I did not look at the desert menu until after our visit because I’d assumed I’d be too full to eat more, but you know me and crème brûlée! Past experiences with this delicate dish led to me having a very serious discussion with the server about dessert. I told him I didn’t want dessert unless they had crème brûlée. He said they had it and began touting the wondrous qualities of the macerated berries served on top. To which I bluntly stated that I didn’t care about the toppings. I wanted to know about the quality of the custard and the quality of the sugar coating. He assured me I would not be disappointed. He was mostly correct.
The brûlée arrived quickly. The custard was firm, and not remotely watery. It was also clear. And, this is important to me, that they’d used real vanilla bean. I can understand a light hand on vanilla since it is expensive, but unfortunately this one was just too light for my taste. I could barely detect the vanilla. The sugar coating was perfect though! Nice and even; the perfect thickness to the amount of custard. Ironically, the berries that the server had been applauding consisted of over-ripe raspberries that gave an odd moldy kind of flavor to the entire dish and I wound up pushing them completely off the plate and just diving through the creamy lusciousness of my favorite dessert.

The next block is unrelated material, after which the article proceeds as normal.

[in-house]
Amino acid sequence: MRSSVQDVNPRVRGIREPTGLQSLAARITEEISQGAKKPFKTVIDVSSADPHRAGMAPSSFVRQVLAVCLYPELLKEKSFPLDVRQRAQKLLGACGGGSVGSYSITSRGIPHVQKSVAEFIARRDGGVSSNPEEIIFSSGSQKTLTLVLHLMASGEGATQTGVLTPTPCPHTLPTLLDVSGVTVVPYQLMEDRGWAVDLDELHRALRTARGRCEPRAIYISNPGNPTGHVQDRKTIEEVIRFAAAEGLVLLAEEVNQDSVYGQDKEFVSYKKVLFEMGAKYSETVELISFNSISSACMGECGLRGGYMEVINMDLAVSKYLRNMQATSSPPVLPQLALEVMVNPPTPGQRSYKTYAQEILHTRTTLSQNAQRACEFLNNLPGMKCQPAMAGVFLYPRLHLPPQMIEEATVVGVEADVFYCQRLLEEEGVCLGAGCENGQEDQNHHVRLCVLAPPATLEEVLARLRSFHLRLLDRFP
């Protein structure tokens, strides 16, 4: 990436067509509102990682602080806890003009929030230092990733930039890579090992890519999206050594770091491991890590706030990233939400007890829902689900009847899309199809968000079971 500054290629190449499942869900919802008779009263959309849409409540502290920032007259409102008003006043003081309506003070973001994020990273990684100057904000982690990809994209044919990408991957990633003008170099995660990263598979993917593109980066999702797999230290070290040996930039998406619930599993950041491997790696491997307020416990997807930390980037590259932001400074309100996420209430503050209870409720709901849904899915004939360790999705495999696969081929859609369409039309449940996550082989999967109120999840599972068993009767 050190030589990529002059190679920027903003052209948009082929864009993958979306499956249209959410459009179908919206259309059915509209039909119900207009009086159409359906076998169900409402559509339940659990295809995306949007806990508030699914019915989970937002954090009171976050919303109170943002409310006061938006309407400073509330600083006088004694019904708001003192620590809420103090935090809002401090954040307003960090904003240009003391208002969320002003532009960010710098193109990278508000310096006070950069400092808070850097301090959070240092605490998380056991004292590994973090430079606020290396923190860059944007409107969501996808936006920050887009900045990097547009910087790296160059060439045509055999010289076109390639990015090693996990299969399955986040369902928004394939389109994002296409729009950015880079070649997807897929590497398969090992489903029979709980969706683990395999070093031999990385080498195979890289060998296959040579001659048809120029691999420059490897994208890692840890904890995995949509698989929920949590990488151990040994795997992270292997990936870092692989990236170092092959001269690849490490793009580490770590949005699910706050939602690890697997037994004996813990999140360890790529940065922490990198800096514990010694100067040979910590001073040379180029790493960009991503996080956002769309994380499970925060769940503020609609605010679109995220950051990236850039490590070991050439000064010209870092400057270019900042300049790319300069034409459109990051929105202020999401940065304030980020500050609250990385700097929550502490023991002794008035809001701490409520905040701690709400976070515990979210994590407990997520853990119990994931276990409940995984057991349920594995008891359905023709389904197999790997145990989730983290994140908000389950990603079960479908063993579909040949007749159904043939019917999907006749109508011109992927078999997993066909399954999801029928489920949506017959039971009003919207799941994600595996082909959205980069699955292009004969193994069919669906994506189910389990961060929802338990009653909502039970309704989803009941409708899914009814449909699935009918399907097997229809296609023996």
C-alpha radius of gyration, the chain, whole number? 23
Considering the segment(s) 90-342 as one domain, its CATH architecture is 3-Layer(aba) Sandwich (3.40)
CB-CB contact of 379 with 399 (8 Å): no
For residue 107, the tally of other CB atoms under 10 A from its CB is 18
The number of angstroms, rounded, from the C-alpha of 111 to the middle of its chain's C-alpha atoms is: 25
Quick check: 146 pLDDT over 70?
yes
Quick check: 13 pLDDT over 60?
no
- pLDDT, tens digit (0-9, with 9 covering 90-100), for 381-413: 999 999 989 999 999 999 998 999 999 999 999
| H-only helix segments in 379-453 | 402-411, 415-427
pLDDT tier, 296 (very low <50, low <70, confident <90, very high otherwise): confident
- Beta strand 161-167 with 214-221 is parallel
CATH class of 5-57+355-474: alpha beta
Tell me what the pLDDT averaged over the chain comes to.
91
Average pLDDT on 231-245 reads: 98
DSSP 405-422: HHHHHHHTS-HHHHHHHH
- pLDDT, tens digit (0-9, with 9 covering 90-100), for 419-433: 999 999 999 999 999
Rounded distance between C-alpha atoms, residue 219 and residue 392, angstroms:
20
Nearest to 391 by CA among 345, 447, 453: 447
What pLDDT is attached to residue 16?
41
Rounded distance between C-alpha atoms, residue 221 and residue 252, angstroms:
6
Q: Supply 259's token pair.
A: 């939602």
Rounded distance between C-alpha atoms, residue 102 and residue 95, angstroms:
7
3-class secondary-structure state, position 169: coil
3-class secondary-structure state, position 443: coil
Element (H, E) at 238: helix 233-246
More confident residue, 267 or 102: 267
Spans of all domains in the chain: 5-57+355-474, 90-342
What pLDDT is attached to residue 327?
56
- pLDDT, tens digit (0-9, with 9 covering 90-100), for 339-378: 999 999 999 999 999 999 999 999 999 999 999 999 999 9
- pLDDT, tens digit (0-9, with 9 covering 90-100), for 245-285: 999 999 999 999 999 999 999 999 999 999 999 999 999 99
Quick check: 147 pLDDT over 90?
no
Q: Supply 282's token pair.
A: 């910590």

If you aren’t searching the world for the perfect crème brûlée, they offer other desserts. If you are hungry for chocolate, they have a chocolate pie with an Oreo crust and a dark chocolate mousse, chocolate crumble, and chocolate whipped cream. The have a white chocolate mousse pie, carrot cake, a peanut butter and jelly parfait, and a chocolate midnight cake. If you aren’t a big sweet tooth or are just in the mood for a more savory end to your meal they also offer a cheese board with a seasonal fruit compote, spiced honey, candied nuts, and crostini with your choice of three or five cheeses.
Along with all the desserts there’s a dessert drink menu. After some discussion on the quality of their options, my husband had his usual port wine, which he reported as wonderful, while he snitched bites of my brûlée.